MPs shame the UK\'s plastics industry for producing Lucozade and Ribena bottles that are IMPOSSIBLE to recycle

by:Lisson     2020-05-29
The British Plastics industry was humiliated by members of Congress for producing unrecyclable bottles of Lucozade and Ribena.
A special committee was informed that the soft drink bottle was wrapped in plastic film, which gave the bottle a \"grab factor\" to the consumer.
But plastic wrapping paper pollutes other plastic recycling because the plastic used by the bottle maker does not have processing facilities.
Mary Creagh MP, chairman of the Environmental Audit Committee, referred to the use of recyclable plastics as \"absurd \".
It may be necessary to prevent manufacturers from producing goods that must be burned, buried in landfill sites or shipped to China rather than recycled, she said.
Mrs. Creagh asked Barry Turner, director of plastic and flexible packaging at the British Plastics Federation: \"Why do your members produce products that cannot be recycled in UK recycling facilities?
When asked by Mr Turner about a specific example, she said: \"You have packaging of non-recyclable polymers on plastic bottles.
For example, the Lucozade package.
\"Why do we need to wrap a plastic bottle in plastic?
Turner replied: \"We cannot dictate the brand they choose to use.
Mrs. Creagh replied, \"so you just give them what they want.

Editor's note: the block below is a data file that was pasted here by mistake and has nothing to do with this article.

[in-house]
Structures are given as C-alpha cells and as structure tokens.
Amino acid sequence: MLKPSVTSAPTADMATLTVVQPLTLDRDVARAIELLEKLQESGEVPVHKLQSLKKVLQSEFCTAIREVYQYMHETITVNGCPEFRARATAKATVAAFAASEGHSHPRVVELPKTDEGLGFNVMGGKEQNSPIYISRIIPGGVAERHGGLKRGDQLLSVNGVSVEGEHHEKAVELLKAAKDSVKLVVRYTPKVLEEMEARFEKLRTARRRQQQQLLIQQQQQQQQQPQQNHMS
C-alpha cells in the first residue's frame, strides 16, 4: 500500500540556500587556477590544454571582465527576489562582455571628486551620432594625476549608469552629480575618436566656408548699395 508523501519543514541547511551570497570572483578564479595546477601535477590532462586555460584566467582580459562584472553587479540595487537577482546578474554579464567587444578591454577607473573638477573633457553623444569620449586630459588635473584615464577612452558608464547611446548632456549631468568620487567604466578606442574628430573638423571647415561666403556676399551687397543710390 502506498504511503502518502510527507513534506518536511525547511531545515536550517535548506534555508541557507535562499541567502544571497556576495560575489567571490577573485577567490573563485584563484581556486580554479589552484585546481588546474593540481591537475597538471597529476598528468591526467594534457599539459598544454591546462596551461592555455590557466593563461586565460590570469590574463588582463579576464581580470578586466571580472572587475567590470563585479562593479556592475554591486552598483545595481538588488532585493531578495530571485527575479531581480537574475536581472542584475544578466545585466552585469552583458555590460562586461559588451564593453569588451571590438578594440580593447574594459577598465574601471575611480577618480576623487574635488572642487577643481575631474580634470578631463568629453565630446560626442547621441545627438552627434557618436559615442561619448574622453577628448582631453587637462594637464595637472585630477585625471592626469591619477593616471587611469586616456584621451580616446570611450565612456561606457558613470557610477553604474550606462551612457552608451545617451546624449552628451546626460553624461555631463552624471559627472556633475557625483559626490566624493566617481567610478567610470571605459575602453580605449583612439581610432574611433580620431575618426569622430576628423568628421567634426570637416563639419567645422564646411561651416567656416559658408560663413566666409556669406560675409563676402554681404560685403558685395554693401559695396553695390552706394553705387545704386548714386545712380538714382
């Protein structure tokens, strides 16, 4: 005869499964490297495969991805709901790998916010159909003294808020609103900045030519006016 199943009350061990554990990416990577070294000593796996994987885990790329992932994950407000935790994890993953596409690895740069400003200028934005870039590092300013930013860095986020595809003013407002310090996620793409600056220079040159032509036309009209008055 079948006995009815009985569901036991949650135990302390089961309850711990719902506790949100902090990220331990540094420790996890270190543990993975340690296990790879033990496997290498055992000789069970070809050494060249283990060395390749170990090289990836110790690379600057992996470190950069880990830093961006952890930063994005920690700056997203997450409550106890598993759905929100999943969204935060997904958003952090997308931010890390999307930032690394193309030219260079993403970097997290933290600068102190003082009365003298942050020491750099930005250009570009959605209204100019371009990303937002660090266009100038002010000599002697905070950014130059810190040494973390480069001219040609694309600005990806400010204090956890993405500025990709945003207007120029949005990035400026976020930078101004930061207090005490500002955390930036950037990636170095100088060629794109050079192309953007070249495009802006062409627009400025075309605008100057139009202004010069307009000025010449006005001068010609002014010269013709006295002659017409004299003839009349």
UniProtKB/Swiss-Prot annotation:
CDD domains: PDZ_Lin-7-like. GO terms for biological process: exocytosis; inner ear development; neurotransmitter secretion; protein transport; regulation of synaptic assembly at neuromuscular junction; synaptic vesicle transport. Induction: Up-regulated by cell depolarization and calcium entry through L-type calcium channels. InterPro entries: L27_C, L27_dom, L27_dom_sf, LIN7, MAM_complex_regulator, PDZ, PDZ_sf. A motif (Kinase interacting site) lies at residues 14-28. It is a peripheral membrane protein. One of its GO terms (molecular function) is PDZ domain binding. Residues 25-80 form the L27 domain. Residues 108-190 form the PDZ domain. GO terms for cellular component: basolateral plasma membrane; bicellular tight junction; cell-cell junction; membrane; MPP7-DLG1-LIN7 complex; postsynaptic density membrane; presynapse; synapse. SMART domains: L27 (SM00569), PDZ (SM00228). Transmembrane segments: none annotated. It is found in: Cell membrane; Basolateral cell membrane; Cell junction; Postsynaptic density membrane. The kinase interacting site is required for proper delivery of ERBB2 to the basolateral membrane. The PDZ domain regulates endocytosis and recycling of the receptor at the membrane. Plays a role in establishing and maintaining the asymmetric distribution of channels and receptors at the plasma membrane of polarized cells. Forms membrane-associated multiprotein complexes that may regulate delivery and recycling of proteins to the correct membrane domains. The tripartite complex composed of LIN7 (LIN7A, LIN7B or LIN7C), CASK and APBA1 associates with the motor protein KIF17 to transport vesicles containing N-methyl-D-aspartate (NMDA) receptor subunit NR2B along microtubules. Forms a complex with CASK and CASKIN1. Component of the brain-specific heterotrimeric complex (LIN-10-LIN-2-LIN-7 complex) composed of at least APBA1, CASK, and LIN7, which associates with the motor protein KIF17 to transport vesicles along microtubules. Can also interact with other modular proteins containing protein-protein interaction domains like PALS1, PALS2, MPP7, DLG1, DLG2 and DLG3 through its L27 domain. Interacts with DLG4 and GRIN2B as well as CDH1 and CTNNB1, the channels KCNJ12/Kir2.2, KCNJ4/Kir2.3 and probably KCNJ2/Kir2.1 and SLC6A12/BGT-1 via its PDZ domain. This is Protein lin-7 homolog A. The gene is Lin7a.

\"It doesn\'t matter if it\'s recyclable,\" he added, \"so it needs to be regulated.
If you tell consumers it\'s recyclable, they won\'t buy it, so you keep people in the dark.
The commission has heard that the pollution of plastic waste in Britain\'s rivers, oceans and rural areas is a growing problem.
Of the 30 billion plastic bottles that British families use each year, it is currently only recycled, half buried and half wasted.
The committee has heard that about 700,000 plastic bottles become rubbish every day.
Turner said it was possible for the UK to produce plastic bottles of all 50 recycled materials-a request that has been made by France.
The Daily Mail calls for deposit plans for plastic bottles to stop them from polluting our land and oceans.
Mrs. Creagh asked Gavin Paddington, director general of the British Soft Drinks Association, why his members made plastic that could not be reused.
\"How do you recycle the Lucozade bottle packaged in that interesting orange movie?
Or Ribena wrapped in a movie.
Paddington responded that he was not a \"reprocessing expert\" but added: \"100 of the bottle itself is recyclable.
Movies can be extracted or reprocessed.
Mrs. Creagh said, \"but no, is it?
Because your member did not put a clear label on it.
This is the polymer that pollutes the rest of the plastic flow.
She continued: \"My understanding is that there is only one factory in the country that can recycle plastic films.
\"For the 300 Waste Management Agency, it is not feasible and cost-effective to pick out each point of plastic wrap or plastic polymer in the classification process . . . . . . Isn\'t this ridiculous? \'.
Paddington said he accepted the \"it\'s a problem\" that his members are now seeking to address, adding: \"We don\'t have enough reprocessing and recycling facilities in the UK.
The commission was told that a plan, called \"Producer Responsibility\" (PRN), aimed at increasing recycling in the UK, created an \"abnormal incentive\" to ship plastic waste to China \".
A spokesperson for Lucozade Ribena Sunseeker told the Daily Mail: \"We take our environmental responsibility very seriously and continue to make positive improvements.
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